that big hotel on the Drive Walter refers to “that big hotel on the Drive” in a conversation with George Murchison as he asks George about the Murchison family’s prospective real estate ventures. Clearly, Hansherry uses her own family’s livelihood as being the livelihood of the rich black family in Raisin. Lorraine Hansberry’s father was a successful real estate businessman; apparently, the Murchison family of Raisin is equally successful, for Walter refers to the Murchisons’ purchase of a big hotel on the “Drive.” The “Drive” to which Walter refers is an expressway along a scenic stretch of land — a large sprawling park or a river view; in whatever city, this would be expensive property. In 1959, anyone, most especially a black person, who could afford to purchase a hotel — especially a hotel on such expensive property — would have been very wealthy.
Prometheus As noted later in the character analysis of Walter Lee Younger, George Murchison’s reference to Prometheus fits Walter’s fiery personality, along with several other parallels. Prometheus, the god who was punished for having brought fire to mortals, was chained to Mt. Caucasus, where his liver was torn out every day by an eagle but grew back each night. Prometheus’ suffering lasted for thousands of years — until Hercules killed the eagle and freed Prometheus. Although Walter’s frustrations of establishing his own business appear to devour his hopes, his obsession with his dream restores his hope. George is pedantic, showing off his knowledge, when he says to Walter (after he is safely half-out the door), “Good night, Prometheus.”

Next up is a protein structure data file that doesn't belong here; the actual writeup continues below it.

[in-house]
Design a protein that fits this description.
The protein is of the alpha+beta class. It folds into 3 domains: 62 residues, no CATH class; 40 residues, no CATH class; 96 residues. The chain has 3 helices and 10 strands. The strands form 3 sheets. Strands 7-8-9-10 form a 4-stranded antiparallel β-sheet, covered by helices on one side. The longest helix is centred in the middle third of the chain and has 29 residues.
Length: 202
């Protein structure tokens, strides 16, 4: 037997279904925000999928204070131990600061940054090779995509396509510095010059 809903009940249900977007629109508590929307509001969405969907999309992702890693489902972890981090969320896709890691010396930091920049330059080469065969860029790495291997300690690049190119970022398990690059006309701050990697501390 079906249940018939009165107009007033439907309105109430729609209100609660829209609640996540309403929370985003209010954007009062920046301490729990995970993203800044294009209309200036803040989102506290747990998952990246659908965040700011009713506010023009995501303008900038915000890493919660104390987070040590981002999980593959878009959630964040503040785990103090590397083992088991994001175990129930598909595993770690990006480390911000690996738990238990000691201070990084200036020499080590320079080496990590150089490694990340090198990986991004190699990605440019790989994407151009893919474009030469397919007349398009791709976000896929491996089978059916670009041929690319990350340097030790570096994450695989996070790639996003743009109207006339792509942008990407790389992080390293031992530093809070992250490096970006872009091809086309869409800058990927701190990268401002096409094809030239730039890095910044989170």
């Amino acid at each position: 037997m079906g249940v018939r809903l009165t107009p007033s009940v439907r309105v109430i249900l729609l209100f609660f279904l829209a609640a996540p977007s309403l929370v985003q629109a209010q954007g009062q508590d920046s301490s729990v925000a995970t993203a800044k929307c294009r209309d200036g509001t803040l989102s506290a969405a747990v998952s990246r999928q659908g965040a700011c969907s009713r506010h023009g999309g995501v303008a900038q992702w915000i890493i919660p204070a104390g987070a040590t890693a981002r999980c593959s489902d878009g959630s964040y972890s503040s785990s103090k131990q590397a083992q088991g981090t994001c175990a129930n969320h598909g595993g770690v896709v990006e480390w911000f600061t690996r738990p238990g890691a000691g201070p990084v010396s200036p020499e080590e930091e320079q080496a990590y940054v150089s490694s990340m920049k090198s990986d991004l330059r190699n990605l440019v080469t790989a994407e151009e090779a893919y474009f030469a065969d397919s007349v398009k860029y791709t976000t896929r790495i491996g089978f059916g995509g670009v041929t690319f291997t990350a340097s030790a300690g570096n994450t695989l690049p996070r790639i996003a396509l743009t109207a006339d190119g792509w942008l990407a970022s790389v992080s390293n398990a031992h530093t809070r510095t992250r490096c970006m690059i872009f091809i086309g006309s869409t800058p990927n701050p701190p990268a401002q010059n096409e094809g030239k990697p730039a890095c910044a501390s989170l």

Gimme some sugar then a southern expression that means “Give me a hug, a kiss.” Mama says this to Travis as she tells him about the house that she is planning to buy.
never been ‘fraid of no crackers After Mama has announced her plans to buy a house in an all-white neighborhood, Ruth at first expresses fear. Then, as if it were an afterthought, Ruth says that she’s “never been ‘fraid of no crackers” even though her previous dialogue says otherwise. Traditionally, “crackers” refers to bigoted whites, especially those living in Georgia; here, Ruth is using the term to derogatorily refer to all white racists.